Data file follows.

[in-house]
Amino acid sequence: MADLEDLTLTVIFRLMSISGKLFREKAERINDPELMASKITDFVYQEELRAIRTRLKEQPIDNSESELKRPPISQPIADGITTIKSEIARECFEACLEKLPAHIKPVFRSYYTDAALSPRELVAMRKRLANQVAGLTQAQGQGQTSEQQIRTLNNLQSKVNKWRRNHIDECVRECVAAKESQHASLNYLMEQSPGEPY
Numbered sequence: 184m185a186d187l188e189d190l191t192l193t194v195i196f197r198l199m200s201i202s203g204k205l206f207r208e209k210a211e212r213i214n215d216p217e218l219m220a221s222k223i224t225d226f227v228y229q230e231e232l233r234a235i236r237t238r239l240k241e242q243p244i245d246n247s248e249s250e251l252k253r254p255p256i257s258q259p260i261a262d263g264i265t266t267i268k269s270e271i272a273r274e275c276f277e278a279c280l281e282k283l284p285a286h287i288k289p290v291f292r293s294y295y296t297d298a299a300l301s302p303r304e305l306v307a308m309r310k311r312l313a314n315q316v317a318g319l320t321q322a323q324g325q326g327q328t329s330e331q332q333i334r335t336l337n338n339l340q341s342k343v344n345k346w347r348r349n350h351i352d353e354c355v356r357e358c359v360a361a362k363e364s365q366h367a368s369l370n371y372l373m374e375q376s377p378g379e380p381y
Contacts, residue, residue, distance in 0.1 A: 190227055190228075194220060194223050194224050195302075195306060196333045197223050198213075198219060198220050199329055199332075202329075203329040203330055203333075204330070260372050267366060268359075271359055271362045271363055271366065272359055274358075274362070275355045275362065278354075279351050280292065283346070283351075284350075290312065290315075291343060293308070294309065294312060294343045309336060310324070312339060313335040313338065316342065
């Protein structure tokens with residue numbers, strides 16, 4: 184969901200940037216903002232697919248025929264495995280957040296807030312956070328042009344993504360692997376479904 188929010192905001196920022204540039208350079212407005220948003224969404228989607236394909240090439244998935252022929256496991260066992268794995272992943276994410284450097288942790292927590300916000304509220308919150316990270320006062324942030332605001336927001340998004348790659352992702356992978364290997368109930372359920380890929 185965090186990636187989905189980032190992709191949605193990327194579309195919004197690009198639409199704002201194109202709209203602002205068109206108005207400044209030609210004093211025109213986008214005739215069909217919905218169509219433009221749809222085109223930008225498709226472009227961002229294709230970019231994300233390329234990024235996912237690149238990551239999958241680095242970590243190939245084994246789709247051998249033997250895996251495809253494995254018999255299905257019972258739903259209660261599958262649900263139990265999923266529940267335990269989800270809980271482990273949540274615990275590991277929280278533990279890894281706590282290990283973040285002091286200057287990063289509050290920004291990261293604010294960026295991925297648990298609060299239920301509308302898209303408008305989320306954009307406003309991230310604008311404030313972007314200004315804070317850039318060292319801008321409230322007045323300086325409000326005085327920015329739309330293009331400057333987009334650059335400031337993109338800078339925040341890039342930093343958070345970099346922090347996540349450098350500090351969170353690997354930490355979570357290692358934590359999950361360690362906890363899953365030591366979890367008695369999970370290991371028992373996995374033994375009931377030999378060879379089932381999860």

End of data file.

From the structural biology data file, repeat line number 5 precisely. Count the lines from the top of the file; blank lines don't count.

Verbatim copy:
């Protein structure tokens with residue numbers, strides 16, 4: 184969901200940037216903002232697919248025929264495995280957040296807030312956070328042009344993504360692997376479904 188929010192905001196920022204540039208350079212407005220948003224969404228989607236394909240090439244998935252022929256496991260066992268794995272992943276994410284450097288942790292927590300916000304509220308919150316990270320006062324942030332605001336927001340998004348790659352992702356992978364290997368109930372359920380890929 185965090186990636187989905189980032190992709191949605193990327194579309195919004197690009198639409199704002201194109202709209203602002205068109206108005207400044209030609210004093211025109213986008214005739215069909217919905218169509219433009221749809222085109223930008225498709226472009227961002229294709230970019231994300233390329234990024235996912237690149238990551239999958241680095242970590243190939245084994246789709247051998249033997250895996251495809253494995254018999255299905257019972258739903259209660261599958262649900263139990265999923266529940267335990269989800270809980271482990273949540274615990275590991277929280278533990279890894281706590282290990283973040285002091286200057287990063289509050290920004291990261293604010294960026295991925297648990298609060299239920301509308302898209303408008305989320306954009307406003309991230310604008311404030313972007314200004315804070317850039318060292319801008321409230322007045323300086325409000326005085327920015329739309330293009331400057333987009334650059335400031337993109338800078339925040341890039342930093343958070345970099346922090347996540349450098350500090351969170353690997354930490355979570357290692358934590359999950361360690362906890363899953365030591366979890367008695369999970370290991371028992373996995374033994375009931377030999378060879379089932381999860």